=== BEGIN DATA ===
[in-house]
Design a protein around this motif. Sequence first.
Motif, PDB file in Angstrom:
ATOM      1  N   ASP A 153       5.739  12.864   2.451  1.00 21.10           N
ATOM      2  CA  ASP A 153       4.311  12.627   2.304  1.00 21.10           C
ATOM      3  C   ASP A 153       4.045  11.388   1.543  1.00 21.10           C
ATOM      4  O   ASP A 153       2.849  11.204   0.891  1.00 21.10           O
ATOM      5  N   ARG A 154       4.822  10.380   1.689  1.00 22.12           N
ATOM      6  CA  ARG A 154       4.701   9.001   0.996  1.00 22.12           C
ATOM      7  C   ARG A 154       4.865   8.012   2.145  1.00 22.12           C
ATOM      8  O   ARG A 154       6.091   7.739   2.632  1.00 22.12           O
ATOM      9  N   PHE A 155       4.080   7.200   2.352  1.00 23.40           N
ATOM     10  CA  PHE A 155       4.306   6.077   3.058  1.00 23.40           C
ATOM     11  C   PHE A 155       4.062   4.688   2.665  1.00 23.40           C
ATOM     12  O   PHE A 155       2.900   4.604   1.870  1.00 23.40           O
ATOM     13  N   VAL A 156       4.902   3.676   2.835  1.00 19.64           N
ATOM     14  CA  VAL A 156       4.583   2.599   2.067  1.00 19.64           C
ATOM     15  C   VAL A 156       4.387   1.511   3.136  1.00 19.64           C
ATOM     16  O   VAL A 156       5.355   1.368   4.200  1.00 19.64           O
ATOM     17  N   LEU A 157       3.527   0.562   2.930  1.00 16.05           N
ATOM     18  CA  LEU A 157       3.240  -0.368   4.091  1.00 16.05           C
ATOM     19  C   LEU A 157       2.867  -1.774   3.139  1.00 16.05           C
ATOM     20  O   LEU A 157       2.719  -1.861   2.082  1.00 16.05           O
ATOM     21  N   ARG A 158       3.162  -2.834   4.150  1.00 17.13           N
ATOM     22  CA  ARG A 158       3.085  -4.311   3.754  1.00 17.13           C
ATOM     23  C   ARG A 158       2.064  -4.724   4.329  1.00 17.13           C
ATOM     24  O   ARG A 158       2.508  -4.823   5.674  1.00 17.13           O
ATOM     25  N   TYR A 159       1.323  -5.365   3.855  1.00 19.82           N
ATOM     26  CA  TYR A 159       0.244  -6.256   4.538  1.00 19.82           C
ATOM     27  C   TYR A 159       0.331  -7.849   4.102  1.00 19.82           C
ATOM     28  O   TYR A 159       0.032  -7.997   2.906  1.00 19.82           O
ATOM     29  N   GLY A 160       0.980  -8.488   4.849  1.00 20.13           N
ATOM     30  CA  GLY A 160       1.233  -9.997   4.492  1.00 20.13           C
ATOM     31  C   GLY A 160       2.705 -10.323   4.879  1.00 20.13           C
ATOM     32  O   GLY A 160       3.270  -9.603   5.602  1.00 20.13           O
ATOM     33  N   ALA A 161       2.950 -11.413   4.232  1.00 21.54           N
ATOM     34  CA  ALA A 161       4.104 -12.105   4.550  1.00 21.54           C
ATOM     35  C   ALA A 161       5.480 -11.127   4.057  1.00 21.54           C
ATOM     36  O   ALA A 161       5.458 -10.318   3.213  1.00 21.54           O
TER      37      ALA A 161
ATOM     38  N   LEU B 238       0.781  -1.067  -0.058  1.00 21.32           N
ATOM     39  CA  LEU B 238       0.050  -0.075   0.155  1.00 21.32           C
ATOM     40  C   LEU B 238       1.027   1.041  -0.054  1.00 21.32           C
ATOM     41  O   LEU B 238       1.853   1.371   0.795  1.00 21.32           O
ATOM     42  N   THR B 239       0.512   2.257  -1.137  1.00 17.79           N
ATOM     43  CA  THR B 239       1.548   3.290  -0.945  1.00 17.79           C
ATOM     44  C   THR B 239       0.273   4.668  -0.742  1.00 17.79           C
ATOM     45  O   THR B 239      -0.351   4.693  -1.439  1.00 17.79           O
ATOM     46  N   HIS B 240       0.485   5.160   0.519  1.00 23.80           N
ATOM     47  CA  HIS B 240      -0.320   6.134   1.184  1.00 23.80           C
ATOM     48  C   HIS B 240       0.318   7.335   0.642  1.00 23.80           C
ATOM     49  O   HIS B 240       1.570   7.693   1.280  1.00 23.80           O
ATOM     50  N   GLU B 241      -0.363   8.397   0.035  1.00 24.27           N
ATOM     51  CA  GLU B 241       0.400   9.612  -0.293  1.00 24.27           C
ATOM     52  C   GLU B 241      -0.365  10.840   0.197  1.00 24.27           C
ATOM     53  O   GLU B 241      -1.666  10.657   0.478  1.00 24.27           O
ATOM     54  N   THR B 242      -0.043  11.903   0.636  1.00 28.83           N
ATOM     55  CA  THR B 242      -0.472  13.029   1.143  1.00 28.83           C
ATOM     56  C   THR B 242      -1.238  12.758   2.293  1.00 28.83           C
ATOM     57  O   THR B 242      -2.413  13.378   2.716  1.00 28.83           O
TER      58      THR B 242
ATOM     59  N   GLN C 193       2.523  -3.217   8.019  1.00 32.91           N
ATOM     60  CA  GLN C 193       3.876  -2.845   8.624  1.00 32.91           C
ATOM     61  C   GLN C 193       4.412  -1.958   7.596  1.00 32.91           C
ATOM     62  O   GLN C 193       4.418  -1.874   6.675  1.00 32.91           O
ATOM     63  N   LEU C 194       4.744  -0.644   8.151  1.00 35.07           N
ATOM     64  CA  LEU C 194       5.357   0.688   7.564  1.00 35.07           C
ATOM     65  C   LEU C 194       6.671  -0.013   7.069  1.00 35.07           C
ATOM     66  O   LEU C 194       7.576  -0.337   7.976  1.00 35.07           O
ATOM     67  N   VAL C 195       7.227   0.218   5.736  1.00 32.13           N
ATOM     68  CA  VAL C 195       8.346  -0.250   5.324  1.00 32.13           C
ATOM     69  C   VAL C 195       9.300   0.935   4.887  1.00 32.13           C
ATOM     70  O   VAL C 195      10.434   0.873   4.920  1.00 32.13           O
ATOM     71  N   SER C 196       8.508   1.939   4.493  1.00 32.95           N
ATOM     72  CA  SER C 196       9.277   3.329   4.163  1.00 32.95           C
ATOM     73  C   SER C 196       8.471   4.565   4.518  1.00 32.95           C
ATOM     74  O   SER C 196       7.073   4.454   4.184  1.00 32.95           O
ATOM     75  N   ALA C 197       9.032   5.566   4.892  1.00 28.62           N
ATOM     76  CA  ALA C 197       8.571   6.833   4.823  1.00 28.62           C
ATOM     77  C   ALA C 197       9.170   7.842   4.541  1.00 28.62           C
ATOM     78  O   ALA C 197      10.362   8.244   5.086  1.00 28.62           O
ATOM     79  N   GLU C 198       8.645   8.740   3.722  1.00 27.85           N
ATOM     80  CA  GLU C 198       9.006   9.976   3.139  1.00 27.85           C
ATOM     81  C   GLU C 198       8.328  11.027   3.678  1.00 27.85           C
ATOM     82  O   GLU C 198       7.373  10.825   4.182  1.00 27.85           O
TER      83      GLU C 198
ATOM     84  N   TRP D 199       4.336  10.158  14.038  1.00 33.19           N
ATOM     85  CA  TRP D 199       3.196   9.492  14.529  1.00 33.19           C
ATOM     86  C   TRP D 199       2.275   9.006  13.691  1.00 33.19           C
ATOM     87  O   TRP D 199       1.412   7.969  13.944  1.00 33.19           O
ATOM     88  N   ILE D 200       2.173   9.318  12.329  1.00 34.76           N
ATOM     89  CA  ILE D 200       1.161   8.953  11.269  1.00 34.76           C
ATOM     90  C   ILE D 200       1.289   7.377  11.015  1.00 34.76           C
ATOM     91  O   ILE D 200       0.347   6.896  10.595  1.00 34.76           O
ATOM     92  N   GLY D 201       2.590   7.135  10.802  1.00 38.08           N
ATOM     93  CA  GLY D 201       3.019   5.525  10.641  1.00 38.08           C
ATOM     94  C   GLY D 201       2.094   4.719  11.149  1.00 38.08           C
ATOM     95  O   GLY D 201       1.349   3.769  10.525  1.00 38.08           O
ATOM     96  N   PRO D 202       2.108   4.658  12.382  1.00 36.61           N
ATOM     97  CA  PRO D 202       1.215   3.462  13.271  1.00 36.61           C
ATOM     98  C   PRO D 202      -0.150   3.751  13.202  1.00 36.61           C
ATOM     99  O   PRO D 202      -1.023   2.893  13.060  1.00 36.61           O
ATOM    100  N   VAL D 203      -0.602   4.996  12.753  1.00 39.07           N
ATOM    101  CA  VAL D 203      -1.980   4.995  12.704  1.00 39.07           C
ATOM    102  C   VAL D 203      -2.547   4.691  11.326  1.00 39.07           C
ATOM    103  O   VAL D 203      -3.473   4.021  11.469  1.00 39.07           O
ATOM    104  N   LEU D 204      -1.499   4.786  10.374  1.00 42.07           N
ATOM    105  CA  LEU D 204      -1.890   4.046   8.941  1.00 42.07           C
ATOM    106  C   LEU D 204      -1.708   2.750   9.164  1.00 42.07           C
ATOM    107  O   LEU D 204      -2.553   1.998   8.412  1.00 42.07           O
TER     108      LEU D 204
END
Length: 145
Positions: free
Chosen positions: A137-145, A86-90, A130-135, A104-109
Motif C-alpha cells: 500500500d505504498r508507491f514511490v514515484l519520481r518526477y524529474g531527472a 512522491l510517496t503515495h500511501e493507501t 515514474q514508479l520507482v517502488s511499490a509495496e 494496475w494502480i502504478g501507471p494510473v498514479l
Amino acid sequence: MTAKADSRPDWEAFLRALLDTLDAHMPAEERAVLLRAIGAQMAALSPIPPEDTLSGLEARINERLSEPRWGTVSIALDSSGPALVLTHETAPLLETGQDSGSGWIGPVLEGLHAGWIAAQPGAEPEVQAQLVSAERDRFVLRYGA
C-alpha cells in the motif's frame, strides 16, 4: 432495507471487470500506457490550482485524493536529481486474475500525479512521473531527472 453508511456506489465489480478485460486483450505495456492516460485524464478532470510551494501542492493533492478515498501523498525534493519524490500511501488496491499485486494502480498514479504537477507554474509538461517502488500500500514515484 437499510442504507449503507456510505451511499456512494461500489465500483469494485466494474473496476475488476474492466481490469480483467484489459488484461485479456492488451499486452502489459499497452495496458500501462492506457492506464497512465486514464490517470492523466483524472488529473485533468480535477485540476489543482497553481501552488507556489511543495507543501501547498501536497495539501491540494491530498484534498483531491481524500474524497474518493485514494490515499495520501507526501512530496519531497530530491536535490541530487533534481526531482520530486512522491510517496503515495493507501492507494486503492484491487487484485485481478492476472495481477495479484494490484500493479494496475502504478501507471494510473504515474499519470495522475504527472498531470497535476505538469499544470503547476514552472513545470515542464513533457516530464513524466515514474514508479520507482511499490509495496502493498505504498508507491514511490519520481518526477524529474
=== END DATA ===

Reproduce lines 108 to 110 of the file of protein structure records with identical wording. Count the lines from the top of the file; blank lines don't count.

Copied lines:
ATOM    105  CA  LEU D 204      -1.890   4.046   8.941  1.00 42.07           C
ATOM    106  C   LEU D 204      -1.708   2.750   9.164  1.00 42.07           C
ATOM    107  O   LEU D 204      -2.553   1.998   8.412  1.00 42.07           O